Picks and Pans Review: Young Blood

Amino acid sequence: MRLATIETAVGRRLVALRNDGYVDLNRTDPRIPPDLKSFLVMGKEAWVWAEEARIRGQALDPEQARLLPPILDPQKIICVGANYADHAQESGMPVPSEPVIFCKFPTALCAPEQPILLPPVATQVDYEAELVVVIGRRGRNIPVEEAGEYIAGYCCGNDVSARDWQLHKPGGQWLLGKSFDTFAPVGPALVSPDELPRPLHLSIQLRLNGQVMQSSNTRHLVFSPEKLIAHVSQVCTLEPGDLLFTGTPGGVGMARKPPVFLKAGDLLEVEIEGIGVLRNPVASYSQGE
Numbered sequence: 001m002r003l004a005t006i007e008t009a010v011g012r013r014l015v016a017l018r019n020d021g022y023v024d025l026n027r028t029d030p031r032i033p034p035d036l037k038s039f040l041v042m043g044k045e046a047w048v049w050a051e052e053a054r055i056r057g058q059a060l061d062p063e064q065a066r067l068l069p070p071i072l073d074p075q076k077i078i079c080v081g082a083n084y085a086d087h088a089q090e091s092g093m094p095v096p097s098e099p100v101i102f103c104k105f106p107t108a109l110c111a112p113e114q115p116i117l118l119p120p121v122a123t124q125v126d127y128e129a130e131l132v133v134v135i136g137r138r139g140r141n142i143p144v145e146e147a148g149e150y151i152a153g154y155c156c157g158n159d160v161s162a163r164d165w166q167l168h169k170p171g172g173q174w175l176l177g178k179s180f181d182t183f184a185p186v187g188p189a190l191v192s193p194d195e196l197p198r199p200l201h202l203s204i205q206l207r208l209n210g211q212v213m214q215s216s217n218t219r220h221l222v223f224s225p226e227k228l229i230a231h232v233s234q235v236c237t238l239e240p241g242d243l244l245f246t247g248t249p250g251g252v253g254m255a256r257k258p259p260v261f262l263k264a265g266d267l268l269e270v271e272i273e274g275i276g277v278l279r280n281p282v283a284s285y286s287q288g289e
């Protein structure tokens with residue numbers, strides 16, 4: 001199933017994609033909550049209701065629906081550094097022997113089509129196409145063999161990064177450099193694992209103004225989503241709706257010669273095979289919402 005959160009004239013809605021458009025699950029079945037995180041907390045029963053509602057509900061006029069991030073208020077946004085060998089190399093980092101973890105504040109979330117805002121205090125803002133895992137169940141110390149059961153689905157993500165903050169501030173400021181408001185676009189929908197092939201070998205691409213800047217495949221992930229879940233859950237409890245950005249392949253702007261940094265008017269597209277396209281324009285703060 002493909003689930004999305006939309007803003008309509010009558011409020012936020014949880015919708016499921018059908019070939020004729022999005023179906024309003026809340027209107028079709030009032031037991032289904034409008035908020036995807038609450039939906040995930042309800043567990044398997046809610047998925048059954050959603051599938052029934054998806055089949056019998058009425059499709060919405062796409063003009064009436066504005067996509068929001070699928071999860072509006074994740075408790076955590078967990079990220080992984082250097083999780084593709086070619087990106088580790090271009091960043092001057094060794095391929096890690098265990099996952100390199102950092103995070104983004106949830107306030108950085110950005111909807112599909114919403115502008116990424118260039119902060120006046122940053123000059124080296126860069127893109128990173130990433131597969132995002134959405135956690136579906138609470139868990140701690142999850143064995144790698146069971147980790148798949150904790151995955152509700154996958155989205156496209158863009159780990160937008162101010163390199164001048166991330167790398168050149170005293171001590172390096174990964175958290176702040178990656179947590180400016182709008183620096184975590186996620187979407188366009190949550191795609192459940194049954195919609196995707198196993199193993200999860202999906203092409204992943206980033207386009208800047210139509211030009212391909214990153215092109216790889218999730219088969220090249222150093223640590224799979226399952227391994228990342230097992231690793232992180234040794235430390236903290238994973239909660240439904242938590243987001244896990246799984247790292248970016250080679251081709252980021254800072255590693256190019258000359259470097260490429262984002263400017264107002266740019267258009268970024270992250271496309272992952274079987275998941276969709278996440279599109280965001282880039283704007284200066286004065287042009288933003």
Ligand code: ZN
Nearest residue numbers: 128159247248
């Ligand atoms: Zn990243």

By rights, this rambunctious retrospective should be under the names of Leiber and Stoller, the ingenious duo who wrote, arranged (with one exception) and produced its 24 compact, ebullient tracks. Jerry Leiber and Mike Stoller, Jewish teenagers hailing from Baltimore and New York, respectively, met in Los Angeles in 1950. Drawn by their mutual fascination with black popular music and culture (they both had black girlfriends), the pair began penning R&B songs for black artists, such as the original Hound Dog for Big Mama Thornton. They started their own label, Spark, then sold it to Atlantic in 1955, signing as independent producers and taking with them a black vocal group they had written for at Spark, the Robins. The Robins became the Coasters (for West Coast) and Leiber and Stoller crafted for them a string of infectious R&B singles that led to crossover hits like Searchin', Charlie Brown and Yakety Yak. Coasters records were painstakingly detailed, with twangy guitar breaks by Barney Kessel, gutsy sax riffs by Gil Bernal and King Curtis and rich harmonies by Carl Gardner and the other singers. The lyrics were models of cleverness and humor. Moreover, as critic Robert Palmer writes in his excellent liner notes, "Leiber and Stoller were the first rock and roll auteurs to realize that rock and roll records could have something substantial and vitally important to say about life in America." It remains amazing that two Jewish writers could tell such authentic yet funny tales of black life in the '50s as Smokey Joe's Cafe (about a fight in a bar), Framed and Riot in Cell Block #9—all early Robins songs. This two-record set is one of Atlantic's Deluxe series of reissues, which includes revealing compendiums on blues-man Albert King, Creole honky-tonker Professor Longhair and Ray Charles.